According to Ellen Goodman, in The Boston Globe, folks like me who question whether or not man is killing the earth by causing global warming, are no different than a holocaust denier. I quote, "I would like to say we're at a point where global warming is impossible to deny. Let's just say that global warming deniers are now on a par with Holocaust deniers, though one denies the past and the other denies the present and future."
Impossible to deny? She's dumber than a box of rocks if she really believes that.
To me, Americans seem to be such a fickle bunch.
We point fingers at, say, the British, and wonder how they can stomach still having a monarchy. Their Prime Minister and Parliament determine and make laws and the monarchy is largely a symbolic one.
But right here in the good ol' U.S. of A. we worship the George Clooneys and the Sean Penns of the world, simply because they are pretty good at pretending to be other people.
No kidding; I'd rather have a symbolic monarchy to capture our attention than to worship the movie actors and popular musicians in America like we do.
Al Gore is making the rounds of the entire world, hawking his film about how man is killing the earth. He will not debate the points in his film, and even has cancelled a recent debate in Denmark with a scientist who was to discuss with his problems that he and fellow scientists there have with many points in Mr. Gore's film. Not to mention that Mr. Gore doesn't even live up to the points that he thinks the world should live by to stop global warming.
Mr. Gore was even at the Grammys the other night, and remarked that all of those stars were an important part of the environmental movement. Yeah, with their multiple mansions and private jets. Sure Al, they're SO environmentally conscious. Carbon neutral, my big corn-fed rear end!
But many Americans are swallowing it, hook, line, and sinker, and I've read more than a few blog posts over the past year about how "An Inconvenient Truth" has scared the writers into taking action of one sort or another.
I just think that, although many Americans are well educated, we're still very susceptible to what famous people say. Movie stars are the gods of modern America.
We will laugh at "Bat Boy" headlines in the Weekly World News, yet blindly swallow what Al Gore says in his movie.
I don't get too upset at this, well, not much. I remember the famous Carl Sagan, who, every time he was given a chance to speak, telling everyone to "only trust things that can be proven by the five senses." But for me, each and every one of us CHOOSES what we believe. We are all responsible for whose voice we follow. Most of the most important things in our lives, the very things that make life worth living, are beyond the realm of the five senses; love, friendship, happiness, joy, peace, kindnes. Just to name a few.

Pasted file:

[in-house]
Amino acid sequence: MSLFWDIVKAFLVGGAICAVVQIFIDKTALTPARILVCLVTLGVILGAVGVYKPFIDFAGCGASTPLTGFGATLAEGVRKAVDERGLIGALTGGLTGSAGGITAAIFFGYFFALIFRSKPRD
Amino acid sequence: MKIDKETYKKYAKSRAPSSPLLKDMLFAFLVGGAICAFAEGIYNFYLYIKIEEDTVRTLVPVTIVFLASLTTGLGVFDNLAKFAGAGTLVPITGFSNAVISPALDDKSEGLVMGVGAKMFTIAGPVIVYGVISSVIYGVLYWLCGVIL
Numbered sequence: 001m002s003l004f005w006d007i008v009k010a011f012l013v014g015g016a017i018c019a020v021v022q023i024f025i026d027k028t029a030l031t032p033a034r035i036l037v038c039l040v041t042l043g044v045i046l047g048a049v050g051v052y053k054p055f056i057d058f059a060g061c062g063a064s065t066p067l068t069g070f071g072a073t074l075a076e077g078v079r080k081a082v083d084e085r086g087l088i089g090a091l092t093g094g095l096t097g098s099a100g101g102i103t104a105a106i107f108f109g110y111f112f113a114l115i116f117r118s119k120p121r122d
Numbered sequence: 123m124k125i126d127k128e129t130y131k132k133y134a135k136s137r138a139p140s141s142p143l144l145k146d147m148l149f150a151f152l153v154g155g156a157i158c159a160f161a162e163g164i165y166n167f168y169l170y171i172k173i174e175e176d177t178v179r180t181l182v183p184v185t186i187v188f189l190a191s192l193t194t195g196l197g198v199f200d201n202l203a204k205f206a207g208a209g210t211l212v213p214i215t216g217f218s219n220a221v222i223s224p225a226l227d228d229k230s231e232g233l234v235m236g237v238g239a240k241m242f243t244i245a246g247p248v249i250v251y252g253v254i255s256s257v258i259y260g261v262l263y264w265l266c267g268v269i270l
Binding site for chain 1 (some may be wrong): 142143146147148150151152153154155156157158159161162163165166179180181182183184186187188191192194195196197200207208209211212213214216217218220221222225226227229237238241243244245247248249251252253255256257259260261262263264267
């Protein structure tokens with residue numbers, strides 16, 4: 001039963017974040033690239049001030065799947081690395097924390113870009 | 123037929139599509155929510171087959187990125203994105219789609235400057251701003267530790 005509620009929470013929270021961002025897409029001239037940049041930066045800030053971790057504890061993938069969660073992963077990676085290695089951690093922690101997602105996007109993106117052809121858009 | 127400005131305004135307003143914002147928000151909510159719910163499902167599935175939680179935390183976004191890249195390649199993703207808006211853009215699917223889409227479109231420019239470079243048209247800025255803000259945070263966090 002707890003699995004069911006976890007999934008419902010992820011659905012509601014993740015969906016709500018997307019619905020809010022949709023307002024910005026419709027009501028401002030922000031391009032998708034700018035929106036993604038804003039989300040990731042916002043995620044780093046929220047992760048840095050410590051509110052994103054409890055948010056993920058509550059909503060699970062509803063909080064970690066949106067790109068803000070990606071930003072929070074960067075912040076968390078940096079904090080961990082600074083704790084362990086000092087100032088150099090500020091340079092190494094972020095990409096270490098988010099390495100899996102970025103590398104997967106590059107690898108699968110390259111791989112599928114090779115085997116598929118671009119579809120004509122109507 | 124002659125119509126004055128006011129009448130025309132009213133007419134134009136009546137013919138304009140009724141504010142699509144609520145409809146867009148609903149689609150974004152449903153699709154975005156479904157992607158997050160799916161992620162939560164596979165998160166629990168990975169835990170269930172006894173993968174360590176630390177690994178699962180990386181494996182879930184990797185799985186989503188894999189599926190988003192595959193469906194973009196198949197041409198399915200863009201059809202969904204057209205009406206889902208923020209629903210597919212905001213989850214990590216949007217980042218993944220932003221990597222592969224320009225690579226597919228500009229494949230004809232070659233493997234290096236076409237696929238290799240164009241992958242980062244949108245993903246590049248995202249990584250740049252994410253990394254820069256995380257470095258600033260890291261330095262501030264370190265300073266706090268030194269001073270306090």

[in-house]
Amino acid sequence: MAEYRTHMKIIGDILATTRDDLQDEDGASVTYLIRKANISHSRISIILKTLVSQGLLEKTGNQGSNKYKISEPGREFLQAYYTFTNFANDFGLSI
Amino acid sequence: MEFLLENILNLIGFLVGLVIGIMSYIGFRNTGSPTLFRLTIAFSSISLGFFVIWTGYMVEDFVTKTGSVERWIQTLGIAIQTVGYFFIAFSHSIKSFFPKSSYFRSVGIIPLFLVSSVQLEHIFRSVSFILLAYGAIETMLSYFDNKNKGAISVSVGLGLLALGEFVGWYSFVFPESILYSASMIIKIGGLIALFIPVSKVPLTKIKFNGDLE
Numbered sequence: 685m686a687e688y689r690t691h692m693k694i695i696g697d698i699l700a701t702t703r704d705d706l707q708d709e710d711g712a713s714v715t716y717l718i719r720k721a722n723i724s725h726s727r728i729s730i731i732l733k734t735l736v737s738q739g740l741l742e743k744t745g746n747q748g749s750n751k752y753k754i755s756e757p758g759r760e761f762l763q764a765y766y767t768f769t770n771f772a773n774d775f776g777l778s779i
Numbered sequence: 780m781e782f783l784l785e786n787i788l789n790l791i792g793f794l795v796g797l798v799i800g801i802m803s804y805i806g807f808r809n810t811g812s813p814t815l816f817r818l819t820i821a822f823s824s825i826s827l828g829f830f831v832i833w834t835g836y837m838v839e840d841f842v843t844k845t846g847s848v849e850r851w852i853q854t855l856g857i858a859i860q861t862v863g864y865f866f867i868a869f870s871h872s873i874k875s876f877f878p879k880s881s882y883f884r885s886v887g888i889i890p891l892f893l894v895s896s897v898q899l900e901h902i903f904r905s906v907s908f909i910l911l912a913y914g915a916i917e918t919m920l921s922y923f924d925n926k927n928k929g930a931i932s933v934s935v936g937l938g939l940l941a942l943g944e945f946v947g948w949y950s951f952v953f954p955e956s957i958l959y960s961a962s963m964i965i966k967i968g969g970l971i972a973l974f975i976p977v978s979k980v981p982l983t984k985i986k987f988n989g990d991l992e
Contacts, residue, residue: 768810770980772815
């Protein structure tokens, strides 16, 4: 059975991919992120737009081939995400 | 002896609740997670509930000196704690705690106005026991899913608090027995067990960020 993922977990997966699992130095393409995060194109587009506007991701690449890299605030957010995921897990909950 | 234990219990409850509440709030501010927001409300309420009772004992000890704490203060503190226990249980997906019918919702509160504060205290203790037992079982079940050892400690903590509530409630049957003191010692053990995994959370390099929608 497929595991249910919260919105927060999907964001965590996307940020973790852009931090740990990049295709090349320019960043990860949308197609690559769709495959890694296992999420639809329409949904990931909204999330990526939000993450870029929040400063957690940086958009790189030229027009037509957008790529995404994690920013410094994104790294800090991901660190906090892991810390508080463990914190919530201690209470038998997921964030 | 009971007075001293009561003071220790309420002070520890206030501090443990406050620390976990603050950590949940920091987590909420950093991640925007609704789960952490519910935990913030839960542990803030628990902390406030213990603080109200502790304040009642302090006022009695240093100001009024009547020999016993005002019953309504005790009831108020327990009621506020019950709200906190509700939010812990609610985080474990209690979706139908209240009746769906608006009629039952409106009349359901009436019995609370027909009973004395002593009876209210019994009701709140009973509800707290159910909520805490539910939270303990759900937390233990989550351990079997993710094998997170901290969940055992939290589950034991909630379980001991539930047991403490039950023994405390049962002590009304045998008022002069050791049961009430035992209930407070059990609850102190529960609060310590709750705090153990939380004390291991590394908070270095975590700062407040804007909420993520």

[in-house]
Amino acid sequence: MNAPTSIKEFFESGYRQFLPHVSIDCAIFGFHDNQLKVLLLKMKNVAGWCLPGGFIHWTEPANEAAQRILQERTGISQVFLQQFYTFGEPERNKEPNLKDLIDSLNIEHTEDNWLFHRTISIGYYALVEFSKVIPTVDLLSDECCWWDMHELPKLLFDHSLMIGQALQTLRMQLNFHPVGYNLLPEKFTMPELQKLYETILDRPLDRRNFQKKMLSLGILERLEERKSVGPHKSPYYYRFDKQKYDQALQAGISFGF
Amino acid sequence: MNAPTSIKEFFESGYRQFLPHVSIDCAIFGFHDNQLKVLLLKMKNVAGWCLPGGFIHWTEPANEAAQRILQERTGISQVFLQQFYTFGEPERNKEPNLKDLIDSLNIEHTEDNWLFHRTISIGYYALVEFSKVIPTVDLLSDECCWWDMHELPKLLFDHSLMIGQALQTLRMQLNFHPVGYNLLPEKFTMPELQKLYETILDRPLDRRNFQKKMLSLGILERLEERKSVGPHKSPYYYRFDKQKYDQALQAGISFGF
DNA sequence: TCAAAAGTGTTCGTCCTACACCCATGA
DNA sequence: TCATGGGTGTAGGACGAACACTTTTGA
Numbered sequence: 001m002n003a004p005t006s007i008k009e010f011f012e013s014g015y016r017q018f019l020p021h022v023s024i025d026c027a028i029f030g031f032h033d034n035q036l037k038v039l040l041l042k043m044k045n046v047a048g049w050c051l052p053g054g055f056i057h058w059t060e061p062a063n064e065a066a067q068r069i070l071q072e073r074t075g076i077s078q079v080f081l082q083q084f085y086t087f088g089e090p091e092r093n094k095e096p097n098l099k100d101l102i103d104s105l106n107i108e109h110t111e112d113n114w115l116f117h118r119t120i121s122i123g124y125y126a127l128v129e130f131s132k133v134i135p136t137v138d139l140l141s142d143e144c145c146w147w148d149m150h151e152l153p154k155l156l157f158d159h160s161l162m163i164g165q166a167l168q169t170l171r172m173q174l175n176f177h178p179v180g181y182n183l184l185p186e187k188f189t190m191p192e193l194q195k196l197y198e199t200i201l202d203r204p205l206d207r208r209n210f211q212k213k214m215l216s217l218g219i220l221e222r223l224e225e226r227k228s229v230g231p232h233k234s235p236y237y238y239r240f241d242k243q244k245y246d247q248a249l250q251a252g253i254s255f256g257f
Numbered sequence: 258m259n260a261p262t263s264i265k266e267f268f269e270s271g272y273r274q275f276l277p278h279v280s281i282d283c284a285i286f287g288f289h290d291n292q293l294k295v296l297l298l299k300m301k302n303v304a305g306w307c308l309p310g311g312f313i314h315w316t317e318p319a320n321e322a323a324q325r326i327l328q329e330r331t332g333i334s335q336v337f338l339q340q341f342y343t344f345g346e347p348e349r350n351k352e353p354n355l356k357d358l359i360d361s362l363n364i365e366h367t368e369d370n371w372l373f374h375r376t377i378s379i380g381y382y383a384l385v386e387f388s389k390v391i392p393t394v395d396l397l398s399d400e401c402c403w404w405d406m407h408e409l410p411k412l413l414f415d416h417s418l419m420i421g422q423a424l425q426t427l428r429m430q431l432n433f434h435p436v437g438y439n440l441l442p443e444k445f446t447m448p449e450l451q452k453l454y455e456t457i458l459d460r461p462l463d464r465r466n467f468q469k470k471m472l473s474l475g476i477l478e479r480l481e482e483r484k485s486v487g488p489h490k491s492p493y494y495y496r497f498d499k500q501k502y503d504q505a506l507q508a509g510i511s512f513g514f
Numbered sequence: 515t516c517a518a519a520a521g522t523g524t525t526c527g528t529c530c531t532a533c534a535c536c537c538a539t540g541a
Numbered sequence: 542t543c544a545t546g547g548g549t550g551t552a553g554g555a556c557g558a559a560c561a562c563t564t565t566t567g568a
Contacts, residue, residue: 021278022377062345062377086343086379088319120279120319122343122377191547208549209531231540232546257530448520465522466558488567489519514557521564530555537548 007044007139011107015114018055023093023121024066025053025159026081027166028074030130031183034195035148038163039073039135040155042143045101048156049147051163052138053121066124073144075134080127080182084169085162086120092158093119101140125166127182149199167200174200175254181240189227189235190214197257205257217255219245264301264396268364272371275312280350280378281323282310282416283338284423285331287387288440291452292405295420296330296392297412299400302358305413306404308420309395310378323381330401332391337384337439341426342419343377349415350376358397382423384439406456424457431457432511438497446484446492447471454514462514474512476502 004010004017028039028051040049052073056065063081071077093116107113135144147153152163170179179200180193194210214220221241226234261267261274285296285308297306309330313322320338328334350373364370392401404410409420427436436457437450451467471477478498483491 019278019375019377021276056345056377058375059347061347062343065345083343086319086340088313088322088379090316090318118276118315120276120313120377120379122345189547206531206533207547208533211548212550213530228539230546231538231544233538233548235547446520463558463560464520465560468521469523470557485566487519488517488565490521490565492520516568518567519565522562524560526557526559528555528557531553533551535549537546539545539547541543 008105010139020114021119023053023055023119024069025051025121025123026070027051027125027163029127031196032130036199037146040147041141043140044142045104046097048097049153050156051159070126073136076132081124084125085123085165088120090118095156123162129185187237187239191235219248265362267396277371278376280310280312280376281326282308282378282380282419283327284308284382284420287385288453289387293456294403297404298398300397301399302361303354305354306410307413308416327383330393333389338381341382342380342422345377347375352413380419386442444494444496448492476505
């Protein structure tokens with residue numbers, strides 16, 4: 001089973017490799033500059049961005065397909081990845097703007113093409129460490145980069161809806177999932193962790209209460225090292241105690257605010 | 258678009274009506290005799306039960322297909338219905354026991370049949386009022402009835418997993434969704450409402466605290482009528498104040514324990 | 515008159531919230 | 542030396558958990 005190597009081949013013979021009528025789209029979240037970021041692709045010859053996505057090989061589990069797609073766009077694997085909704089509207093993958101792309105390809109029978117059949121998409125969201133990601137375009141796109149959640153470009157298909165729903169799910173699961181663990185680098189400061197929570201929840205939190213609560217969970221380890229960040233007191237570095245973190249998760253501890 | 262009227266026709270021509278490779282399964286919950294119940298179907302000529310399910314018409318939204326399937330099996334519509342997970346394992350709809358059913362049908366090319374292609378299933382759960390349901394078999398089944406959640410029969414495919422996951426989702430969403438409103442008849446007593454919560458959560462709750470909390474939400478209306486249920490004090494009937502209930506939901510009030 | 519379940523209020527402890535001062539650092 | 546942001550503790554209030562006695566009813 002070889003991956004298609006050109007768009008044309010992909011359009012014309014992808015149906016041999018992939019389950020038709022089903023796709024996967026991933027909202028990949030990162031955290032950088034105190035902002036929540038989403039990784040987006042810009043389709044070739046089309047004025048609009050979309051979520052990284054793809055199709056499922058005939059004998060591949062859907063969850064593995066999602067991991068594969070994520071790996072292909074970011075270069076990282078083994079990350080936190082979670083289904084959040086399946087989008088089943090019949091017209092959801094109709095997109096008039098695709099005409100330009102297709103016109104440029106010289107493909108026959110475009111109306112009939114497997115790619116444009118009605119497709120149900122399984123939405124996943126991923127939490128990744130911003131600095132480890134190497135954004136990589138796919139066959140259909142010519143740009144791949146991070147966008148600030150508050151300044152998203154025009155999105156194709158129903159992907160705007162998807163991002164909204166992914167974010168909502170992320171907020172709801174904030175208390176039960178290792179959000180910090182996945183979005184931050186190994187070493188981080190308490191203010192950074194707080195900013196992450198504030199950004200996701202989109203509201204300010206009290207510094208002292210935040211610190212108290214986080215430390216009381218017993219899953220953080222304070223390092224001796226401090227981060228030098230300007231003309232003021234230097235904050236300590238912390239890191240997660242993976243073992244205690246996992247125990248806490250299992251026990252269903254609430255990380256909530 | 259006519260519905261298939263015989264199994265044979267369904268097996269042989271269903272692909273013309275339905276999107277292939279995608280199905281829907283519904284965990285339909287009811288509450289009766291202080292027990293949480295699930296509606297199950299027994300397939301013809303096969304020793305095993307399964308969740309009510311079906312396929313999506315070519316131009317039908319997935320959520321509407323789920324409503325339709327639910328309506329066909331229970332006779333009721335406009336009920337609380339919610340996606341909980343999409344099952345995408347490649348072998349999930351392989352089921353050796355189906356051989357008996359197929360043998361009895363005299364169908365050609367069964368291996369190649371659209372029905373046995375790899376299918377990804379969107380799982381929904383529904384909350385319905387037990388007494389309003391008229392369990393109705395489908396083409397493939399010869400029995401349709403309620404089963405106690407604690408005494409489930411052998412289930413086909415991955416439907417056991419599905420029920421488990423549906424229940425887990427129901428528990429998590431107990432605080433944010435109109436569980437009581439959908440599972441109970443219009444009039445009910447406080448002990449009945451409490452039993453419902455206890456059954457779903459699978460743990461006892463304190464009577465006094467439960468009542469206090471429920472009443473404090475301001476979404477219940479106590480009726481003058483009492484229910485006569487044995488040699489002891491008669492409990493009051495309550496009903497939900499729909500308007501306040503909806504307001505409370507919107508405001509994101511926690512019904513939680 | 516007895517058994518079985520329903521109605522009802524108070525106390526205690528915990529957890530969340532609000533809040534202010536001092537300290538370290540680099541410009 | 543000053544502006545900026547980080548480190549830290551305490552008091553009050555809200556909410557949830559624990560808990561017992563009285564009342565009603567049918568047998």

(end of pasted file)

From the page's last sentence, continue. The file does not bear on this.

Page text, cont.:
The scientific method, which only uses empirical data (knowledge gained through the five senses), is undergoing a sea change.
(Don't get me wrong; I'm a big fan of the scientific method, I make my living with it.)
But the politicizing of science is at an all-time high. It seems as if there are lines being drawn, and those scientists who think man caused global warming, and those scientists who disagree are starting to fight a public battle that will probably only get more fierce. Science has moved out of the facts business, and started also telling us which idealogical side of this issue we should be on.
I read comments recently, by Václav Klaus, the president of the Czech Republic about the modern global warming folks: "Environmentalism as a metaphysical ideology and as a worldview has absolutely nothing to do with natural sciences or with the climate. Sadly, it has nothing to do with social sciences either. Still, it is becoming fashionable and this fact scares me." AND "Environmentalism and green ideology is something very different from climate science. Various findings and screams of scientists are abused by this ideology.". (read on Harvard physicist Lubos Motl's blog The Reference Frame, found via Norma's blog Collecting My Thoughts)
I think Czech president Klaus said exactly what I could not put into words. Basically that the old environmental movement, based on the "earth is a living organism and man is just a parasite trying to kill her" frame of reference has become the modern day global warming crowd, led by the Al Gore's of the world.